Never in my wildest dreams nightmares did I imagine that while updates began surfacing all over the internet, network television and basic cable that MJ had actually fallen into a coma, the reality was that The King of Pop had already bid this world adieu…a world that, depending upon the day and which way the wind blew, loved or loathed him, seemingly in equal measure at times.

Before sundown on Thursday June 25, 2009, as I prepared to leave my office for the day, a hauntingly large banner on cnn.com alerted me to the fact that Michael Joseph Jackson had in fact died.  I don’t recall crying.  I don’t recall who I phoned to see if they’d heard the news.  I don’t even recall if I uttered a single sound.  All I can remember is how I felt.  It was a cross between an immediate and intense sense of grief and feeling as though someone had reached into my chest and literally squeezed the air out of my lungs. 

I collapsed into my swiveled desk chair, realizing that my legs were too wobbly for me to remain standing. Slumping against my desk, I tried to apply logic not only to the shocking news I had just learned, but to my wayward emotions as well.  I didn’t understand how I could have such a raw response to the death of a man that I had never known personally and who only impacted my life indirectly at best.  It took a LONG few moments, but when I felt “present” enough, I collected myself and my belongings and headed home.  Turning on the radio, my entire gridlocked ride  consisted of uninterrupted tributes, remixed medleys and a variety of distraught listeners who called into the station to reveal their fondest memories of the King of Pop.  While I’d love to tell you what all they shared, I was on auto-pilot that day and much of that evening has become a blur.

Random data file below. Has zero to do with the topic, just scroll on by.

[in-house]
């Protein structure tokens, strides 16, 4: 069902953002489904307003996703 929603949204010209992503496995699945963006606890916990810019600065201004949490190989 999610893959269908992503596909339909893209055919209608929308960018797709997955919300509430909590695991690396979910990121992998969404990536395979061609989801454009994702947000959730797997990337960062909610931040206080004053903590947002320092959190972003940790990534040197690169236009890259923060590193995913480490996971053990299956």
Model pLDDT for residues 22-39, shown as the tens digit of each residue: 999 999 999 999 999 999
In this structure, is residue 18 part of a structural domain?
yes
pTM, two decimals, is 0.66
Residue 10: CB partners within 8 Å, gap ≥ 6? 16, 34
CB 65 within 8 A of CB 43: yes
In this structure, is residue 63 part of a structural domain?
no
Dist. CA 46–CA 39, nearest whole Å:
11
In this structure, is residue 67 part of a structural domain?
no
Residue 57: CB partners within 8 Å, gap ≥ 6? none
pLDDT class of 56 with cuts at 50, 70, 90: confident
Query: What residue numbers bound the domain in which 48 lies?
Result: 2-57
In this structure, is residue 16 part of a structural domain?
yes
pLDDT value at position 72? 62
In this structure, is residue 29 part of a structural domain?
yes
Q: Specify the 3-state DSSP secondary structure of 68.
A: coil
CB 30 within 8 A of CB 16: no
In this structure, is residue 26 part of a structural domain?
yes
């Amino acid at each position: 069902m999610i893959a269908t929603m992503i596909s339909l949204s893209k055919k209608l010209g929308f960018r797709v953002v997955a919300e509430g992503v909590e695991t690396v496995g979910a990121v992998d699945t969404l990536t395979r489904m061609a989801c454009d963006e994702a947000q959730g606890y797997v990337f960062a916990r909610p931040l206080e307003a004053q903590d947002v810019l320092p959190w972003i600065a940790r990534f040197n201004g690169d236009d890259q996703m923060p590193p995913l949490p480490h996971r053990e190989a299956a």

It wasn’t until many days later that I was actually able to accept the fact that Michael Jackson was dead and not simply disguising himself as a skinny, fair-skinned Tahitian in the Polynesian Islands in an attempt to evade his debt collectors.  It was also during this time that I discovered I was able to answer the question of why MJ’s death had impacted me so.  Michael Jackson was my first dance teacher and the first man (barring Prince) that as a child, I thought was “pretty.”  The Jackson 5 introduced me to black cartoon characters and the fabulousness of a perfectly symmetrical afro.  While to many, Michael was contentedly loony, he was also innovation in motion, a consummate professional and a selfless humanitarian.  He was iconic, and I came to the realization that for all the people who mocked, mimicked or imitated him over the span of his career, there would never be another Michael Jackson.  I wasn’t simply responding to the loss of the King of Pop. I was responding to the loss of the man.

Even now, it is surreal to think that there will be no more new albums from him, no collaboration with him and Lady Gaga for an eccentric remake of “Dirty Diana,” or no Jackson 5 Reunion Grammy Performance.  But for all the pain that his family and the millions of his fans are feeling today, it is important to remember that Michael Jackson left behind an abundant legacy.  While I will always feel sadness in knowing that MJ’s time on earth was far too brief, I will continue to celebrate the man and the legend for the amazing way he made me feel.